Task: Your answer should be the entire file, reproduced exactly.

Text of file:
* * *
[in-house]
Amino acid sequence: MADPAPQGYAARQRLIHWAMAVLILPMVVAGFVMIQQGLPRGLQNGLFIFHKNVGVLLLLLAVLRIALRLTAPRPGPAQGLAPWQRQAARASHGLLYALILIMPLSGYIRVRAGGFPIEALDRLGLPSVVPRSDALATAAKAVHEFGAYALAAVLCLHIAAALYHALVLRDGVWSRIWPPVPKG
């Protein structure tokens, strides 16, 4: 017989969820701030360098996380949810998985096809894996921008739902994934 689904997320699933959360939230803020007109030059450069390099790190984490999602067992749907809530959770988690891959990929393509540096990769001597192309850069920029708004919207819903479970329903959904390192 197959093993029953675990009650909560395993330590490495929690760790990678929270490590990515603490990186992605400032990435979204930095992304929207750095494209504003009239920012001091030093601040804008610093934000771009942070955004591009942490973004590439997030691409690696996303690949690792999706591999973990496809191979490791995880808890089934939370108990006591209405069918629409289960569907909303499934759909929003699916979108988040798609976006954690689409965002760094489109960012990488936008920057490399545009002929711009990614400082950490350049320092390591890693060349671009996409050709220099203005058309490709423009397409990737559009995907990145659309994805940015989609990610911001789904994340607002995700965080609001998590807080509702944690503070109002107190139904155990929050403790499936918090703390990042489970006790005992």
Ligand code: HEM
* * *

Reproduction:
[in-house]
Amino acid sequence: MADPAPQGYAARQRLIHWAMAVLILPMVVAGFVMIQQGLPRGLQNGLFIFHKNVGVLLLLLAVLRIALRLTAPRPGPAQGLAPWQRQAARASHGLLYALILIMPLSGYIRVRAGGFPIEALDRLGLPSVVPRSDALATAAKAVHEFGAYALAAVLCLHIAAALYHALVLRDGVWSRIWPPVPKG
């Protein structure tokens, strides 16, 4: 017989969820701030360098996380949810998985096809894996921008739902994934 689904997320699933959360939230803020007109030059450069390099790190984490999602067992749907809530959770988690891959990929393509540096990769001597192309850069920029708004919207819903479970329903959904390192 197959093993029953675990009650909560395993330590490495929690760790990678929270490590990515603490990186992605400032990435979204930095992304929207750095494209504003009239920012001091030093601040804008610093934000771009942070955004591009942490973004590439997030691409690696996303690949690792999706591999973990496809191979490791995880808890089934939370108990006591209405069918629409289960569907909303499934759909929003699916979108988040798609976006954690689409965002760094489109960012990488936008920057490399545009002929711009990614400082950490350049320092390591890693060349671009996409050709220099203005058309490709423009397409990737559009995907990145659309994805940015989609990610911001789904994340607002995700965080609001998590807080509702944690503070109002107190139904155990929050403790499936918090703390990042489970006790005992």
Ligand code: HEM